The EMPOWER-SUSTAIN Standard Protocol Items: Recommendations for Interventional Trials (SPIRIT) schedule of enrolment, intervention and assessment

Study procedures

All interviewers and investigators will be trained regarding the study procedures prior to the conduct of the study to minimise variability in the method of data collection. Data will be collected at baseline and 6 months after delivery of the intervention. The study procedures will be conducted in accordance with the Malaysian Guideline for Good Clinical Practice, Fourth Edition, 2018 [77].

Demographic and anthropometric data collection

A standardised case report form (CRF) will be used to collect socio-demographic information of the patients (age, sex, ethnicity, patient contact details, educational attainment, and occupation), smoking status (including the number of cigarettes smoked per day for current smokers) and other clinical information (presence of comorbidities, past medical history and family history). Data on pharmacological treatment will be systematically collected from the medical records of the study patients using CRFs at baseline and at 6-month follow-up in both the intervention and control clinics.

Height and weight will be measured using the Seca 769 Digital Medical Scale stadiometer (Seca, Hamburg, Germany). Weight will be measured with the patient in light clothing, without shoes on the scale, and with a precision of 0.1 kg. Height will be measured to 0.1 cm using the stretch stature method of the stadiometer and then converted to metres. BMI will be calculated using the standard formula (weight in kg)/(height in metres)2.

WC will be measured to the nearest 0.1 cm using non-stretchable measuring tape with the patient standing in a relaxed position and arms at the side. The measurement will be taken at the midpoint between the lower rib margin (12th rib) and the top of the iliac crest in horizontal plane. Each measurement will be repeated twice. If the measurements are within 1 cm of one another, the average will be calculated. If the difference between the two measurements exceeds 1 cm, both measurements will be repeated.

Patients will be made to rest and will not be allowed to eat, drink caffeinated beverages, exercise, smoke cigarettes, or climb stairs for at least 15 min before BP measurements are taken. BP will be measured twice, 2 min apart, on the right arm in a sitting position, using an Omron IA2 model automatic digital blood pressure monitor (Omron Healthcare, Kyoto, Japan). Each patient will be seated upright with his/her right arm supported at the heart level. The mean of the first and second systolic and diastolic measurements will be reported as the BP value for individual patients if the difference is within 5 mmHg. If the readings differ by more than 5 mmHg, the measurements will be repeated.

Administration of the questionnaires

Patients in both the intervention and control arms will be given a set of questionnaires to be self-administered, which include PAM-13-M, IPAQ-M, DEBQ-M, PACIC-M, SKIP-11 and a visual analogue scale to record the perceived absolute 10-year CVD risk.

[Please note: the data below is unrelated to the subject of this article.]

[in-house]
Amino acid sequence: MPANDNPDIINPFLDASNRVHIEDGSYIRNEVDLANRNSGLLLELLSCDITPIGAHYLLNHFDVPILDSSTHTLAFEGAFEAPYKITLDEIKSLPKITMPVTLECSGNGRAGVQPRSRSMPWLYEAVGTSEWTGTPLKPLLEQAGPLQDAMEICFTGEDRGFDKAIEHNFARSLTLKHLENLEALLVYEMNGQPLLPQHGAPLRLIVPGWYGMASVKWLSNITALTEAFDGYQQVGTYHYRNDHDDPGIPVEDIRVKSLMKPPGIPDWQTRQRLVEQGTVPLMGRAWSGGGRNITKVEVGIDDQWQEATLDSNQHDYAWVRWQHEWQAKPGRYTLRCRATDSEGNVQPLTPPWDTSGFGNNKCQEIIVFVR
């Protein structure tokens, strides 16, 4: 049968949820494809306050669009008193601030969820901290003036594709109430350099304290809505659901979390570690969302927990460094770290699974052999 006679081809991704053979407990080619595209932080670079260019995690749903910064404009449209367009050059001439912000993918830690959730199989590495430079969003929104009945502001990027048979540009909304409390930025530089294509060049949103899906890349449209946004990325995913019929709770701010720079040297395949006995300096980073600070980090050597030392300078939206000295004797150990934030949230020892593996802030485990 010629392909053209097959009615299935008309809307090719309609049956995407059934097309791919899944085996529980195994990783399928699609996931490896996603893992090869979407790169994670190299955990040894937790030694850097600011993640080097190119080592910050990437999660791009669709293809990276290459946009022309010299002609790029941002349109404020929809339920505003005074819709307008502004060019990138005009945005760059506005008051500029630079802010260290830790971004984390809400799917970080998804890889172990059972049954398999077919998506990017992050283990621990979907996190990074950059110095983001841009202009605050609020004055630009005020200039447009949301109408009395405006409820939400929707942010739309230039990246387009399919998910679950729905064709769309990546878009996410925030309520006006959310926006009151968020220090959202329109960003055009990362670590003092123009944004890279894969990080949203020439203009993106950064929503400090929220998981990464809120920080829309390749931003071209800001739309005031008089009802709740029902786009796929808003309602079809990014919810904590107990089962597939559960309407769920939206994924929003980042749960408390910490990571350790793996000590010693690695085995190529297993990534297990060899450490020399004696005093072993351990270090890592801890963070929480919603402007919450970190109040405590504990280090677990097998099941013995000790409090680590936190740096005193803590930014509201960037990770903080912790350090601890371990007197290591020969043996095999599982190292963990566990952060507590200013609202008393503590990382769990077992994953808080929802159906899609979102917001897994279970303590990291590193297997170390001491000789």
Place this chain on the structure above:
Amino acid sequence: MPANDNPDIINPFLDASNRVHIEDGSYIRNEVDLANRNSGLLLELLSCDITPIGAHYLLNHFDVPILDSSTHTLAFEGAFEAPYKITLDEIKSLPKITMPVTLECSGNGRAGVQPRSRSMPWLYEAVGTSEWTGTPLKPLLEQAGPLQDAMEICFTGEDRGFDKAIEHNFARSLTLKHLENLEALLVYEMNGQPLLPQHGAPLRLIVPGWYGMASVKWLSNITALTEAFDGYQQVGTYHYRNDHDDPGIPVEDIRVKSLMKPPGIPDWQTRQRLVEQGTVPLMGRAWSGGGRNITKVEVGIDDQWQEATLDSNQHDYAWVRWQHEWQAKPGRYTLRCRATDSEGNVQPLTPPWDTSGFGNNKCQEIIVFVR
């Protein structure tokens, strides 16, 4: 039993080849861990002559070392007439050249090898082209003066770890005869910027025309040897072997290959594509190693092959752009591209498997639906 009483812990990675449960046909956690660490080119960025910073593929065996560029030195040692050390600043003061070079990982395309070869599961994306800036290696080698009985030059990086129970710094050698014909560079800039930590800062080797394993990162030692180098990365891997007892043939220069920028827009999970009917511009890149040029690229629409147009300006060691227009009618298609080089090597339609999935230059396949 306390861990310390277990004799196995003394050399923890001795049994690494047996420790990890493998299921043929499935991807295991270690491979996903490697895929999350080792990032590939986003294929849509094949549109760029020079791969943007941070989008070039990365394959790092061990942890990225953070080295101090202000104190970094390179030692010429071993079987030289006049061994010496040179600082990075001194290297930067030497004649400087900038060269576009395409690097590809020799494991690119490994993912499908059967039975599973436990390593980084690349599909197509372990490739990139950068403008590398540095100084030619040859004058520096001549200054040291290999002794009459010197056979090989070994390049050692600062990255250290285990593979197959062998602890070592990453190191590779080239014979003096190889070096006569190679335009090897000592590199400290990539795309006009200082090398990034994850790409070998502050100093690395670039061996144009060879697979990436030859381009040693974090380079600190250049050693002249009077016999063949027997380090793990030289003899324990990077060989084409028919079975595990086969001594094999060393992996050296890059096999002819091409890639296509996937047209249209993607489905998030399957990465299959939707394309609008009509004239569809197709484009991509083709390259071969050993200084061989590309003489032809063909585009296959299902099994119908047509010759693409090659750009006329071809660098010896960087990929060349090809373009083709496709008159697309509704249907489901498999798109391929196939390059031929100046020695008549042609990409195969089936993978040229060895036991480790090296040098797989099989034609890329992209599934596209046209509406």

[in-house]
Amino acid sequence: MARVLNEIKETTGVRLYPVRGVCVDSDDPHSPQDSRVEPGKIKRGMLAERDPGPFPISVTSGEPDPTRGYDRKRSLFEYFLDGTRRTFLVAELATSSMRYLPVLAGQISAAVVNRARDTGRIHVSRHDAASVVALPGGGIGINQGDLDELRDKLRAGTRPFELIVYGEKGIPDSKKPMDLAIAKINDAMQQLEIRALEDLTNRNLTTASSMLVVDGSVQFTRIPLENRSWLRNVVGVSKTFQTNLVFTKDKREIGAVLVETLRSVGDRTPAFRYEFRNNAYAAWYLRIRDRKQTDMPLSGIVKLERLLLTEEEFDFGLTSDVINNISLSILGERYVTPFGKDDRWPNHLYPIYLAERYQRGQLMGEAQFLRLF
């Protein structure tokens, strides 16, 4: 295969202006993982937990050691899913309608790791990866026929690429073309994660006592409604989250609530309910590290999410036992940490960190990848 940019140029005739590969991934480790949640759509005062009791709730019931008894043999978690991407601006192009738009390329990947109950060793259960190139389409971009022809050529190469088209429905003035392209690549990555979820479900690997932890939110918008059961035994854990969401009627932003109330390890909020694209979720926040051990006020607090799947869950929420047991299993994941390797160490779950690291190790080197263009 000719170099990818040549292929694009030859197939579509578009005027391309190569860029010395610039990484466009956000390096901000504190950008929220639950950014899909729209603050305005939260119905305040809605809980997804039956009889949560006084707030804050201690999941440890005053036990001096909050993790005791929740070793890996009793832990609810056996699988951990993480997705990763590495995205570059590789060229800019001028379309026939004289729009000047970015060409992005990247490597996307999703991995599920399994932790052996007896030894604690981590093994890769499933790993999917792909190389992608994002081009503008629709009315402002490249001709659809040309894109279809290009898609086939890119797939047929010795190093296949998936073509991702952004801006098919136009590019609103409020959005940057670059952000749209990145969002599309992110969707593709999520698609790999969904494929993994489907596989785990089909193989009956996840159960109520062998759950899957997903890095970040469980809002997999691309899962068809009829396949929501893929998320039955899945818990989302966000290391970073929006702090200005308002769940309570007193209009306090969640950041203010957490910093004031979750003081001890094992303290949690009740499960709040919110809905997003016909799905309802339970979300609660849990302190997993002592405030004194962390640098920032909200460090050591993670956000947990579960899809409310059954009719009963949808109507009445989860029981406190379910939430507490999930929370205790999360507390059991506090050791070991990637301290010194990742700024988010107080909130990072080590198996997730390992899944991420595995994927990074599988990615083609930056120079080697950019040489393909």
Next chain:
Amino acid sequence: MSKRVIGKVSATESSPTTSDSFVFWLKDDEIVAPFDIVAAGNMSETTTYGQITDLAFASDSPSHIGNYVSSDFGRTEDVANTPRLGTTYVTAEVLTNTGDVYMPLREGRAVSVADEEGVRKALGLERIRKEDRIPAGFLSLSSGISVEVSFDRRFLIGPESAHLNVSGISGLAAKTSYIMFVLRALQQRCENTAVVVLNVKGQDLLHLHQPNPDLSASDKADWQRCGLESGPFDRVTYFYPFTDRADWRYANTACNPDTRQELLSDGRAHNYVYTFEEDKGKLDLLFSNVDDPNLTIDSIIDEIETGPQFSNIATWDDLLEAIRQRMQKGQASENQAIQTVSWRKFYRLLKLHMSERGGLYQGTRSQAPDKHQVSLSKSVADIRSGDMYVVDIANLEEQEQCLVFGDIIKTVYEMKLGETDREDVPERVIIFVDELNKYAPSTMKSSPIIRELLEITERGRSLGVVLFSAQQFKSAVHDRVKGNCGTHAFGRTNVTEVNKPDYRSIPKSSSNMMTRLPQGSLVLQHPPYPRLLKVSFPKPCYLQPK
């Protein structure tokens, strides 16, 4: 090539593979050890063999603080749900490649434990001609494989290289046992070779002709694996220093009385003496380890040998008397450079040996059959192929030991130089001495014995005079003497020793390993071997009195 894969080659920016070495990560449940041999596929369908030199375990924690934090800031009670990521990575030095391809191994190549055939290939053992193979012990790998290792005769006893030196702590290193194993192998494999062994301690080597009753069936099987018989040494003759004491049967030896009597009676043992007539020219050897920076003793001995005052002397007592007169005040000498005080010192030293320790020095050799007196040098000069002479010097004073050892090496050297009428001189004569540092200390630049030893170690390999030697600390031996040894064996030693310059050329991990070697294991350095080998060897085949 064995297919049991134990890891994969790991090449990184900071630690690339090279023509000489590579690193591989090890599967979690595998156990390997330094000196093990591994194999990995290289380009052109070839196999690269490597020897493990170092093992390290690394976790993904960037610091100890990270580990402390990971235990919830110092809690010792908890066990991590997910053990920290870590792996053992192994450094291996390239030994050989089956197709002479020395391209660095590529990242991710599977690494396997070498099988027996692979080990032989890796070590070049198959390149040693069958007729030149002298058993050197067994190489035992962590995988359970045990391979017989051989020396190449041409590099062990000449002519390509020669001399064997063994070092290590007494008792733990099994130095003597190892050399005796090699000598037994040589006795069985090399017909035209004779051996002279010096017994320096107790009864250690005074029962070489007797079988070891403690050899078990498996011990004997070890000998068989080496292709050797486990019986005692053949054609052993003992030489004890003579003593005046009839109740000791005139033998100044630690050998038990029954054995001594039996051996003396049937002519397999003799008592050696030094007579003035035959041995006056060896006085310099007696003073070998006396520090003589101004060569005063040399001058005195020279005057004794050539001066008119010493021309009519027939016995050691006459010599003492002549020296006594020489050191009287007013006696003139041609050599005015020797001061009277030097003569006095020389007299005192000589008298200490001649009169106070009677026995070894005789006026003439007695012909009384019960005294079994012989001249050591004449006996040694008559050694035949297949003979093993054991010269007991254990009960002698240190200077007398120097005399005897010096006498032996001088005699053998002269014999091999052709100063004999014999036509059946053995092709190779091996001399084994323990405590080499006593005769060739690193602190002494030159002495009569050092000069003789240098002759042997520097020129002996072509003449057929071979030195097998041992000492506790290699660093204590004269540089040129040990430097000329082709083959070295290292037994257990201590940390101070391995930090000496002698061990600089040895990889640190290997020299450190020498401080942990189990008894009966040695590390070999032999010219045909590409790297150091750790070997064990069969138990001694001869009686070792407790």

Clear written and verbal instructions will be given on how to complete the questionnaires. Patients will be requested to circle or tick which options suit them the most. Patients will be encouraged to seek clarification from the investigators at any time, should any queries arise. They will also be reminded to answer the questionnaires themselves rather than getting help from their accompanying family members.

Patients will be given a pen to complete the questionnaires at a corner of the clinic equipped with tables and chairs. The investigators will ensure that patients do not interact with each other whilst answering the questionnaires. On average, patients will be expected to take approximately 30 min to complete the set of questionnaires. Once they have finished, they will hand the questionnaires to the investigators, who will then check the responses for completeness.

Study tools

PAM-13-M questionnaire

The PAM-13 consists of 13 items measuring patients’ self-reported knowledge, skills and confidence for self-management [24]. It was developed in the English language using a Rasch model [24]. Each item has five response categories with scores ranging from 1 to 5: (1) ‘strongly disagree’, (2) ‘disagree’, (3) ‘agree’, (4) ‘strongly agree’ and (5) ‘not applicable’. The instrument design reflects the four stages of activation in a progressing degree of difficulty of the items: level 1 (patients believe that their role is important: items 1 and 2), level 2 (patients have confidence and knowledge to take action: items 3–8), level 3 (taking action: items 9–11) and level 4 (staying on course under stress: items 12 and 13). According to the PAM-13 scoring guidelines, the raw scores are transformed through natural logarithm to achieve a better expression of the relative distance between the scores. Then, items are transformed to a standardised metric ranging from 0 to 100 (0 = lowest activation; 100 = highest activation). The score is calculated by summing the raw scores and mapping the sum onto a scale of 0–100. A higher score of PAM-13 indicates a high level of patient activation [24]. The PAM-13 is one of the most extensively used, widely translated and tested instruments worldwide in measuring patient activation level in self-management. It has been translated into the Malay language and is currently being validated in the study population. Research licence to use this questionnaire will be obtained from Insignia Health, University of Oregon.